-1defining‟ those units (a term that Krippendorff, 2004, employs to refer to investigating the contextual aspects of CA, which most frequently regards developing classification schemes for those units); and the reliability of the employed instruments. As Adams (2002) stresses, there is a need for these methodological issues to be addressed “if improvements in the extensiveness, quality, quantity and comprehensiveness of reporting are to be achieved” (p. 246).

A number of papers discuss methodological issues in CSR with a focus on CA, most notably including Guthrie and Mathews (1985), Gray et al. (1995b), Hackston and Milne (1996), Milne and Adler (1999) and Unerman (2000) (see also Guthrie et al., 2004 and Beattie and Thomson, 2007, for discussions on the use of CA in the related field of intellectual capital reporting). Whilst Milne and Adler (1999) and Unerman (2000) comprehensively discuss a variety of issues with regards to the reliability of the CA instruments and the inclusiveness of sampling units, respectively, there seems to still be a debate over the measurement units (Milne and Adler suggest different measurement units from Unerman); there also seems to be a lack of studies offering alternative approaches to defining the CA units (see Guthrie and Mathews, 1985;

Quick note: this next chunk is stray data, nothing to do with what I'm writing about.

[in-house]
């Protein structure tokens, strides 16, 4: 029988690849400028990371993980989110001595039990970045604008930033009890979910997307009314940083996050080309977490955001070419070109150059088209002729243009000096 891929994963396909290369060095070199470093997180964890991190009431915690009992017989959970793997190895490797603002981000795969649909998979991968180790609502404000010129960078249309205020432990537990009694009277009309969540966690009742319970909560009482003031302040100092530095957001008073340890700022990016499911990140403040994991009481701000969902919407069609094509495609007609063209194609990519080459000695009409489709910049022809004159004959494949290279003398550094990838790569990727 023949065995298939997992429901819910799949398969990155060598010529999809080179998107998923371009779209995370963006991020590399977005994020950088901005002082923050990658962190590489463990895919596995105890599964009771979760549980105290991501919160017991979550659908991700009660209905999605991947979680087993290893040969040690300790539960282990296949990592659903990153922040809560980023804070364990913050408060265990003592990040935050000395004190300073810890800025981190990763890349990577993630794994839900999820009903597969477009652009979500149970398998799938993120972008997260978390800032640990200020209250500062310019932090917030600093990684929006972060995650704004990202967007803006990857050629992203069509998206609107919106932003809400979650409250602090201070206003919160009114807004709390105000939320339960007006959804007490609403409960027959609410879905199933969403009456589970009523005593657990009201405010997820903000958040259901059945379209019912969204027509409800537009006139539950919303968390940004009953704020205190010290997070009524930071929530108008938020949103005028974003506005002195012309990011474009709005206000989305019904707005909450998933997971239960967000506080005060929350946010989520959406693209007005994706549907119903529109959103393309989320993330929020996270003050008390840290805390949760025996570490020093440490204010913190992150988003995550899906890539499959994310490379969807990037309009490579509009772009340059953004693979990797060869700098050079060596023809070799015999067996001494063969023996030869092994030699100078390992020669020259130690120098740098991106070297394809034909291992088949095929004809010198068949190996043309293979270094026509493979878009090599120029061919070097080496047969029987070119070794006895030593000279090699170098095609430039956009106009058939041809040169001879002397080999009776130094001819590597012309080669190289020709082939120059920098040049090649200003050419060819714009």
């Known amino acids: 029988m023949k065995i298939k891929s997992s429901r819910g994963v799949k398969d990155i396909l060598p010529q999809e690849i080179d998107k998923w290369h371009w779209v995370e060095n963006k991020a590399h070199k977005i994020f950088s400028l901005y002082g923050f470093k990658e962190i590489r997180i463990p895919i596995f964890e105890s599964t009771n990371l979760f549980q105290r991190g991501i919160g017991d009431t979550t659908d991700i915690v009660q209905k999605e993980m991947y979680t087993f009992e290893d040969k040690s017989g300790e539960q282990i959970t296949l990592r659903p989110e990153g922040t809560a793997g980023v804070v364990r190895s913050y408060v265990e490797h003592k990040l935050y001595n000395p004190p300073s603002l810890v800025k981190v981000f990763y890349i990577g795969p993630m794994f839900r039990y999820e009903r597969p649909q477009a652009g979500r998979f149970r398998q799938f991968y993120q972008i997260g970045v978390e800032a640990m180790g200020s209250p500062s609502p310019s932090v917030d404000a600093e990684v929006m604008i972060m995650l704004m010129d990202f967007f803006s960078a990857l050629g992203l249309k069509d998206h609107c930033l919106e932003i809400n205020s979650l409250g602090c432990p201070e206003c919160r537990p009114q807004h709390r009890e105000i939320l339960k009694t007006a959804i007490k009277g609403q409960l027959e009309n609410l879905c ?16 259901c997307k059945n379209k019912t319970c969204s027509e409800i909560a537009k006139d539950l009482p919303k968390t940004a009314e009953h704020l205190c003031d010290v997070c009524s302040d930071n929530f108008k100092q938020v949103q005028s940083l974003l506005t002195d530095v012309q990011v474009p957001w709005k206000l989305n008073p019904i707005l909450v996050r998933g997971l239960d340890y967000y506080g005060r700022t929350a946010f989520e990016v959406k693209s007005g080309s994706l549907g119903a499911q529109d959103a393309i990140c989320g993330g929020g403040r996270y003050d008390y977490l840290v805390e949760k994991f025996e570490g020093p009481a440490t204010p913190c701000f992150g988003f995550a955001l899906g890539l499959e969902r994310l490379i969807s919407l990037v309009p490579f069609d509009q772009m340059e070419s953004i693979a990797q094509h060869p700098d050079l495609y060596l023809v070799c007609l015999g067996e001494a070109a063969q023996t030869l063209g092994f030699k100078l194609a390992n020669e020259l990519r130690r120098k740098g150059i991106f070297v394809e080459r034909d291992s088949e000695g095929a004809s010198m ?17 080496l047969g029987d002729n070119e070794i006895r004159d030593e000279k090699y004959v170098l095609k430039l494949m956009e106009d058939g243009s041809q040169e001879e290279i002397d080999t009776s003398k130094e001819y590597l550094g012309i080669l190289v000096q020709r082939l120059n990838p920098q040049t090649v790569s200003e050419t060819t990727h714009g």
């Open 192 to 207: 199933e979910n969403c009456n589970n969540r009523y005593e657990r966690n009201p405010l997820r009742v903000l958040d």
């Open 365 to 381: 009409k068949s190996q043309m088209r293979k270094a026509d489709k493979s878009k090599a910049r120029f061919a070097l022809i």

Gray et al., 1995b; and Milne and Adler, 1999, for some brief accounts).

The objective of this paper is thus to add to the literature by revisiting the debate on the CA units and by offering a discussion on a variety of approaches to employing CA in CSR. To satisfy this objective a number of theoretical CA and empirical CSR sources are reviewed and similarly to Unerman (2000) the paper is also informed by observations made during the conduct of a longitudinal case study – a content analysis of published documents of 25 years of British Airways Plc to investigate motivations for CSR. Although discussion of the BA study‟s findings is beyond the scope of this paper, references to it are made throughout the text for illustration purposes.